Buy an Axon, Axon II, or Axon Mote and build a great robot, while helping to support SoR.
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Seems like a pretty good thing....You should find out if you get their FreeRTOS source code. That way you can expand on their operating system.
I'm using the open source FreeRTOS kernel on my Atmega128 and it works just fine (I've only got 35k of program right now but that is kernel included). So if you do get this and need help with the kernel let me know.
The application board appears to be the board that has all the terminals for easy prototyping. If you don't want to spend alot of time soldering and/or making your own application board, I think it's a pretty good investment.
If you are not worried about size (it wouldn't fit in my robot) it sounds like a solid controller to start with. I haven't ever used an Arm of this type, but if it's from atmel it's going to be worth the money (at least for the processor). I'm not to keen on their OSC protocol but you probably don't have to use it if you don't want to.This board definitely gets my endorsement though. If I wasn't into the gumstix/robostix I would probably use this to integrate into a Linux bot of some sort.
8 digital outputs through 2 Half H drivers—high current (1A per coil). Drive 2 unipolar stepper motors, 4 DC motors, or 8 individual outputs (solenoids). Output protection circuit to prevent power spikes from noisy output devices affecting the processor. Driver chips are socketed for easy replacement in case they burn, and replacement chips are cheap ($1 each).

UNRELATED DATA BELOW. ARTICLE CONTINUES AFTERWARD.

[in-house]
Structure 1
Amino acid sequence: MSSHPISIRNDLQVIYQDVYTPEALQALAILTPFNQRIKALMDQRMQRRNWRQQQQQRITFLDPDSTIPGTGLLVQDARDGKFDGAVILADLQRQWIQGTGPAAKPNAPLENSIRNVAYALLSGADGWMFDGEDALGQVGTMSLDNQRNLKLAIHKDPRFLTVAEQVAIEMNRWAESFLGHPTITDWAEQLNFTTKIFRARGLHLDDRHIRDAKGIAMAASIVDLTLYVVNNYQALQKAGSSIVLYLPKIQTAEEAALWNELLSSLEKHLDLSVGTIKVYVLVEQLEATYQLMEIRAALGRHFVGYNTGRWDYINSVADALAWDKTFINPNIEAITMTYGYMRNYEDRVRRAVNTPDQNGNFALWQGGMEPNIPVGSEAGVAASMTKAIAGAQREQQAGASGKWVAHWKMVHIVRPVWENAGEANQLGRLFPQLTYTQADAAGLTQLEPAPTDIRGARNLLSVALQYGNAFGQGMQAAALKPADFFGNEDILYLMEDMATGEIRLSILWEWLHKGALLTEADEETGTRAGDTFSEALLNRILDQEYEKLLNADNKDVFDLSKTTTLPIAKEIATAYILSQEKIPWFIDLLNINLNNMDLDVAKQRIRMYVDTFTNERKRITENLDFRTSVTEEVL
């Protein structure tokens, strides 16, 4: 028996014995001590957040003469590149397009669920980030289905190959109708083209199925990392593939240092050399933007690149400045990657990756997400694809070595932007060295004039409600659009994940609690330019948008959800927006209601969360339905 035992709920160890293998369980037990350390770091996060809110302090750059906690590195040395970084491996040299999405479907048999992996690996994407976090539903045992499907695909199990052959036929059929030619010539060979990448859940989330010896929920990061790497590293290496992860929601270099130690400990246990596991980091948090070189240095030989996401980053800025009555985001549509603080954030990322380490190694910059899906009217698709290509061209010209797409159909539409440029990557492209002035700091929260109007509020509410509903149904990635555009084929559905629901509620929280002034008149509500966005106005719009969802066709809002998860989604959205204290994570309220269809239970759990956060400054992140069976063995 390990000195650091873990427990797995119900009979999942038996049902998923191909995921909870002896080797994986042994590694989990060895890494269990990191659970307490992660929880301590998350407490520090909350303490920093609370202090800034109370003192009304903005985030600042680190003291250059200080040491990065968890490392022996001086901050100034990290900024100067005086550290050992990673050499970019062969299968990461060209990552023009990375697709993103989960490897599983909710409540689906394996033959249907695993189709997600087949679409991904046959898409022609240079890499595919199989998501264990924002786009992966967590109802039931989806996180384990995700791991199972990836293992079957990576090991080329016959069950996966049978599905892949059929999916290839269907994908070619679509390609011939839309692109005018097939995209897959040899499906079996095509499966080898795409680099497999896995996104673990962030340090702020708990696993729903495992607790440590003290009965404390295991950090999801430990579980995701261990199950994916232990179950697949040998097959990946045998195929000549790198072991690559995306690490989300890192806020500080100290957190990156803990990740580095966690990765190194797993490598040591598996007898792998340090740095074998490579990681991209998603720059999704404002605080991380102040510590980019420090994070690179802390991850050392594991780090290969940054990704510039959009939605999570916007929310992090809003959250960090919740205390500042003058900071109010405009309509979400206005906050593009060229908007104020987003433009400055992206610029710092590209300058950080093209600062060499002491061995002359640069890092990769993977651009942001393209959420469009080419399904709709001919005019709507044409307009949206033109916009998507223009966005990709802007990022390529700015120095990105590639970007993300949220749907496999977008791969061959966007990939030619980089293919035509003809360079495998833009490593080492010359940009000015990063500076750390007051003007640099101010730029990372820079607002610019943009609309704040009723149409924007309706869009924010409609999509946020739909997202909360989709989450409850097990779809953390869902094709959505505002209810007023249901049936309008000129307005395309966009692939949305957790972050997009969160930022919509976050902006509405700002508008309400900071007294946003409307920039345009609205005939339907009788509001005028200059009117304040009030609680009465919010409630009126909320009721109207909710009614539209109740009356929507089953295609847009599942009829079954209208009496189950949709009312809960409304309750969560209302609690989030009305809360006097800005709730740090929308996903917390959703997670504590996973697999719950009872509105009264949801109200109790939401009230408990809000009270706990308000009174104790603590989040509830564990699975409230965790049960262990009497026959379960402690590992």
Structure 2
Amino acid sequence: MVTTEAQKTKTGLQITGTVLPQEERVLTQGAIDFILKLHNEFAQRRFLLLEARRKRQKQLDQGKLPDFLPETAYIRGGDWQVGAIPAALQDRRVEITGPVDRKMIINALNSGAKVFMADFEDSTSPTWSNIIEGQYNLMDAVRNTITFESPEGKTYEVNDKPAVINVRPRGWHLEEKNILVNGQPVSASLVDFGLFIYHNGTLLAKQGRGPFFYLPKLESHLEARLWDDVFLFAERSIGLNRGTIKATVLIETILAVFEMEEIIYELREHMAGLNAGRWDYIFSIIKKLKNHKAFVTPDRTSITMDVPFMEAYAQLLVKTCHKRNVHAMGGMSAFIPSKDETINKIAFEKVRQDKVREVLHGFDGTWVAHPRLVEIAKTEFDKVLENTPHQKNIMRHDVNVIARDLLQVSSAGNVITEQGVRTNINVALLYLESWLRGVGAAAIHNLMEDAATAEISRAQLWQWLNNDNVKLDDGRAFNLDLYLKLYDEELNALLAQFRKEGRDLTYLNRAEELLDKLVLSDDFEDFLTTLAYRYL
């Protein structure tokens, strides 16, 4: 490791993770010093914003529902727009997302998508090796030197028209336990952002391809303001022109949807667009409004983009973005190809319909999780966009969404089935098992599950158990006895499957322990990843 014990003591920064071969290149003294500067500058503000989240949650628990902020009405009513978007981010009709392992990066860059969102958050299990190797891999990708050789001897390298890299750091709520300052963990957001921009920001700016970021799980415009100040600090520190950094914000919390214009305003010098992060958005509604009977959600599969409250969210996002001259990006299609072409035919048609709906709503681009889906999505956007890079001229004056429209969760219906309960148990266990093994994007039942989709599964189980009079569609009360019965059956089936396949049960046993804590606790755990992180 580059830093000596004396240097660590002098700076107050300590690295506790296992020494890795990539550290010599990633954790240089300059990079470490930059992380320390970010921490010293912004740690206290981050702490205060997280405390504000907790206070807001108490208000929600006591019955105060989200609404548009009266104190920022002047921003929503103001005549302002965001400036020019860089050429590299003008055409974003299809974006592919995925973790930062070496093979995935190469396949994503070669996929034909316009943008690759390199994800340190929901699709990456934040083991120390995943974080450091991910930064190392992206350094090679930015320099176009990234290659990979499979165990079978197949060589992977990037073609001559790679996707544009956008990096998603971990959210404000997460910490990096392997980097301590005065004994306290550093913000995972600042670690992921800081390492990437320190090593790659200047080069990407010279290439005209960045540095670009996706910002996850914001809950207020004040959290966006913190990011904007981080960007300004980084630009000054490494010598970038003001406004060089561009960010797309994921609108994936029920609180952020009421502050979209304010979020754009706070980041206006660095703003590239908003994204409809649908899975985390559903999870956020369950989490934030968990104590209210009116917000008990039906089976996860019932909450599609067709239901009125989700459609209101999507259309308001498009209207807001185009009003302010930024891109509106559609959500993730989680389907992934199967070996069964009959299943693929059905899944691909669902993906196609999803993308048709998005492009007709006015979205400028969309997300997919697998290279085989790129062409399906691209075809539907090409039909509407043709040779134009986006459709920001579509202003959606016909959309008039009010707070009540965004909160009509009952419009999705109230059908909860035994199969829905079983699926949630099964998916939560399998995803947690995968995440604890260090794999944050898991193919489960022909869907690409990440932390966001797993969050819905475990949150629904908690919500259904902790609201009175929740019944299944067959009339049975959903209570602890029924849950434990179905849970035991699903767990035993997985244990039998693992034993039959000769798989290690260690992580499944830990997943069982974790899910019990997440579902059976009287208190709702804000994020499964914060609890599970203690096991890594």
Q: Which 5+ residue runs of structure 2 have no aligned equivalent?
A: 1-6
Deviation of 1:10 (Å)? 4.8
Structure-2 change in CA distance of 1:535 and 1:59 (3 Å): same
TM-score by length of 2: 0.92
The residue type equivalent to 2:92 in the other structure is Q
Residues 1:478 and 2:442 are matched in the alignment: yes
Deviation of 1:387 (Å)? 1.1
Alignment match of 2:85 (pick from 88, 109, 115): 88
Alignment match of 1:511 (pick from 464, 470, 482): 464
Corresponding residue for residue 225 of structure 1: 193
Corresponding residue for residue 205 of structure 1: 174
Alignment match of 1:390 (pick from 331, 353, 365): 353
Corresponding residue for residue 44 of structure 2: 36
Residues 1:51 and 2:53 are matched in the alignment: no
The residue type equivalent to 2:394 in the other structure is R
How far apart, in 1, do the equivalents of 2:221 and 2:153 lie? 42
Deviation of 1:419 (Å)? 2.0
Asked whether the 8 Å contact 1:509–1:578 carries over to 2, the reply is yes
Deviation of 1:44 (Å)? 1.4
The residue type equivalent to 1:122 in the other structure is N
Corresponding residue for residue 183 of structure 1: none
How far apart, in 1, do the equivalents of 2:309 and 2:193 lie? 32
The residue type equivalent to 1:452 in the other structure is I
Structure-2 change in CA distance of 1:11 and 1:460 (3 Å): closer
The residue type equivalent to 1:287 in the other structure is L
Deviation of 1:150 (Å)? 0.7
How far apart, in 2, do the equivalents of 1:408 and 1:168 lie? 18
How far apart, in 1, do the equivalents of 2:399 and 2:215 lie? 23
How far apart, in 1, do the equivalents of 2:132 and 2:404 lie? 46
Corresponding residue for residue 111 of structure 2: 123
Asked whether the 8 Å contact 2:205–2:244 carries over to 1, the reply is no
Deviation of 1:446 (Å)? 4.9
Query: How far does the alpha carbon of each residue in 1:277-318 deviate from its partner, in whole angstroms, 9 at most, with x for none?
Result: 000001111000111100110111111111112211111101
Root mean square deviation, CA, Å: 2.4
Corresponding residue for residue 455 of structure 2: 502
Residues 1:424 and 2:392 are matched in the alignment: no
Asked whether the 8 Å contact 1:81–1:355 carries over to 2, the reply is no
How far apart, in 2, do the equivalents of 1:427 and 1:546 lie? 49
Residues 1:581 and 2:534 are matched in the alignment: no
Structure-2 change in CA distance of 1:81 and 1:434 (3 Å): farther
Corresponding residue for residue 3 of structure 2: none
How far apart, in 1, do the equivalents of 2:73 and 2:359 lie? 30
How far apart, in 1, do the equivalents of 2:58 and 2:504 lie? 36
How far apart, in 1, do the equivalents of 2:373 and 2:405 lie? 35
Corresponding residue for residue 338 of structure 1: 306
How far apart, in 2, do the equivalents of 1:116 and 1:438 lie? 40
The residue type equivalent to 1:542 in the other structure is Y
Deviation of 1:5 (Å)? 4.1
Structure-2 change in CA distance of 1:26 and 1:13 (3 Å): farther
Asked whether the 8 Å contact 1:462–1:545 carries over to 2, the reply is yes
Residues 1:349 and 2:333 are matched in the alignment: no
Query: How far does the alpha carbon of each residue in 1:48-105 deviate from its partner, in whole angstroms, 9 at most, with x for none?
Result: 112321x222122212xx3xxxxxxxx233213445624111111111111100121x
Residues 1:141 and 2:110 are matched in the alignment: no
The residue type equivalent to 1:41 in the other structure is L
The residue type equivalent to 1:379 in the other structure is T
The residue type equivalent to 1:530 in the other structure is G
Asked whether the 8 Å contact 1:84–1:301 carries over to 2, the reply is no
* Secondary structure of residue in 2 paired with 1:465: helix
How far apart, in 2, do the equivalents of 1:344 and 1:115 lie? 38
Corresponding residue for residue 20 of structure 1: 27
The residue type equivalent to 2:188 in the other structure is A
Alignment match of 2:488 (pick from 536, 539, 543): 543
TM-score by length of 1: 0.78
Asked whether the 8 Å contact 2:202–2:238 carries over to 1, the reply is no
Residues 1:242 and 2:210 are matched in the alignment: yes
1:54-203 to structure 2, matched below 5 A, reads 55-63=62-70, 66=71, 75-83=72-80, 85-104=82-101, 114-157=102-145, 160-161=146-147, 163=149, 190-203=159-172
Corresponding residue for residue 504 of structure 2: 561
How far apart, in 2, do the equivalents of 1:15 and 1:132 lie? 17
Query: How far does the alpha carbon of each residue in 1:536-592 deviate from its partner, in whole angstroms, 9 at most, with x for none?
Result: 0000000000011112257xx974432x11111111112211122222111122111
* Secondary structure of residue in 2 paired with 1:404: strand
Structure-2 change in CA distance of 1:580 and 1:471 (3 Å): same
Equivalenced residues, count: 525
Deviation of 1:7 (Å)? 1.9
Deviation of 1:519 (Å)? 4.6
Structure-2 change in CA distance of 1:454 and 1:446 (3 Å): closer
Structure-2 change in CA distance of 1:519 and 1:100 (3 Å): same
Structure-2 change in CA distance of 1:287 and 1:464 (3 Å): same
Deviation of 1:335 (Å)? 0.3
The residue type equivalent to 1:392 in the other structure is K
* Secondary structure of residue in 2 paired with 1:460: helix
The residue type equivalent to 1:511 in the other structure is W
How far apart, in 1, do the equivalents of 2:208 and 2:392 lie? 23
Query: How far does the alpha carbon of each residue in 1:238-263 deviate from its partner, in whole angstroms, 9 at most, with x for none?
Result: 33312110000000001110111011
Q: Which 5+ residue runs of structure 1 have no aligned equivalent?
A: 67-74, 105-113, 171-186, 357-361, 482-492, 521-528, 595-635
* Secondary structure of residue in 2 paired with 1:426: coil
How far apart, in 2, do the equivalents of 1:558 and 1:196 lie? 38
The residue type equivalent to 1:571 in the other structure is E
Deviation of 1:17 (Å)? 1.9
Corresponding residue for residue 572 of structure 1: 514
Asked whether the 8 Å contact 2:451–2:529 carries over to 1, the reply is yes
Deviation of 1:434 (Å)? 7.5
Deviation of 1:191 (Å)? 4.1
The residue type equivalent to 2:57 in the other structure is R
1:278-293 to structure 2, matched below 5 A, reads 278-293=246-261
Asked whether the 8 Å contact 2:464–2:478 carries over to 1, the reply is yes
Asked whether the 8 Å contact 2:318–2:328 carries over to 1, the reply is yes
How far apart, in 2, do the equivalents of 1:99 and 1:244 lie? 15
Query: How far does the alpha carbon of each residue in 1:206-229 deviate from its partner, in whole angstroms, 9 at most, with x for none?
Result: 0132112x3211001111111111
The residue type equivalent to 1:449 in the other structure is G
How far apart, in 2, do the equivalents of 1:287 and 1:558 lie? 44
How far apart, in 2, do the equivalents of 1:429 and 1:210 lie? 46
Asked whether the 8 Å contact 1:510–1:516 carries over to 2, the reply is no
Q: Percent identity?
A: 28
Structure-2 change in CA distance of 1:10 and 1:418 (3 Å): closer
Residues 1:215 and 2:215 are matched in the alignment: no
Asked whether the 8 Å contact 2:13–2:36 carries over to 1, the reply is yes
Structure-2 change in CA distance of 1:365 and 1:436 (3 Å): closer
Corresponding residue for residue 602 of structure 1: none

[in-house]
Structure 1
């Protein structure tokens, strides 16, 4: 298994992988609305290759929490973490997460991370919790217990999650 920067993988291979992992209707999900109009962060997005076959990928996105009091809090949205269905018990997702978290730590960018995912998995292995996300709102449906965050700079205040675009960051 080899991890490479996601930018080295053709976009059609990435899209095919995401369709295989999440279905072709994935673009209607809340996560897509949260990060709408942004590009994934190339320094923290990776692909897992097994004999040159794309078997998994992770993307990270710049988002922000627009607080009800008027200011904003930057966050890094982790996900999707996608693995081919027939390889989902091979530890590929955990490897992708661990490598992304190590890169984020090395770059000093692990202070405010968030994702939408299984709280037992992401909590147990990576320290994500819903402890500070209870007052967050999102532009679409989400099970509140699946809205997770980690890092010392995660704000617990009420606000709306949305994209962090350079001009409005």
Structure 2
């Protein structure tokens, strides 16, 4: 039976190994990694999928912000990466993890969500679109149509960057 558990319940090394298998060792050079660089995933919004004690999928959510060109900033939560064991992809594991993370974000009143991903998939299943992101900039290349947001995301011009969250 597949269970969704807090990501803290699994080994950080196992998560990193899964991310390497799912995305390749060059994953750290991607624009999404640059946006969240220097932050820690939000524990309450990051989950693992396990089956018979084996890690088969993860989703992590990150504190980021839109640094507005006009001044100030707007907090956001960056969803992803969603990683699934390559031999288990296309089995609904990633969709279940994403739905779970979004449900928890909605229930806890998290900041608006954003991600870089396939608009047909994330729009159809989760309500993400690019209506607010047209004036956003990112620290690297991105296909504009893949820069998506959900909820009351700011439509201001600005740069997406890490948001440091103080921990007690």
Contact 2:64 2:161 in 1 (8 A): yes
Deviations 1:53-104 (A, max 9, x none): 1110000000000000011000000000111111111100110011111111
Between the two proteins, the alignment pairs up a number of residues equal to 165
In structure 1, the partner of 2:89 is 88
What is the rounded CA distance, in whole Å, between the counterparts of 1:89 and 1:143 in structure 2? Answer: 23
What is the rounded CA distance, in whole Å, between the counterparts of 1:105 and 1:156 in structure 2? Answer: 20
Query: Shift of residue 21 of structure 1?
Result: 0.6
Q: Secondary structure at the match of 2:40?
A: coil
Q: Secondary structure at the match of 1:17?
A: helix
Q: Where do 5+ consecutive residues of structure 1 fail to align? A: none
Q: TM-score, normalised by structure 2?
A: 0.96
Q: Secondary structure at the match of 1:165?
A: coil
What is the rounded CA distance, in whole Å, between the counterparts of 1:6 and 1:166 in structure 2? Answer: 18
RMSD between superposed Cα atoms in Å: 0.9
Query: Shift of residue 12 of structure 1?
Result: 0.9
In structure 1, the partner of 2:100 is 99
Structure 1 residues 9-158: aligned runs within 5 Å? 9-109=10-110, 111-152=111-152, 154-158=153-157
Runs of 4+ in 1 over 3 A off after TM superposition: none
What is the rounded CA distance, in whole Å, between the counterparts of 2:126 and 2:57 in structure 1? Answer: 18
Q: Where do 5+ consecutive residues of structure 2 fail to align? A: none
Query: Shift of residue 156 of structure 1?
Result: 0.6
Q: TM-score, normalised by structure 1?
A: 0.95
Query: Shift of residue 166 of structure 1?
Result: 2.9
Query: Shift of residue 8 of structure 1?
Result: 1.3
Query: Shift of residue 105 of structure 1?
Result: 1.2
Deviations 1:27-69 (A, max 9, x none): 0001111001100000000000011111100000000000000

MAKE Controller Kit: FreeRTOS V4.1 for Make Controller Kit Posted 1 to 1 of 1davidthingsAug 30th 2006As I'm still trying to get a good build of the Heavy codebase to run properly under GCC, I thought I'd post something that does work very nicely for those who are aching to get to some programming.As you may know, Heavy is based on FreeRTOS.org. So what I decided to post was a close-to-raw FreeRTOS demo adapted slightly for our board. What it lacks is any OSC or any of the other API niceties.See http://www.makingthings.com/makecontrollerkit/resources.htmand look down for FreeRTOS.org.For more information about FreeRTOS.org, I bet you can guess where to head...This builds and runs under Rowley CrossWorks and in the various GNU ARM toolchains on Windows and on OS X. I haven't tested this under Linux yet, but I'm very optimistic.
Arduino is an open-source physical computing platform based on a simple i/o board, and a development environment for writing Arduino software. The Arduino programming language is an implementation of Wiring, itself built on Processing.
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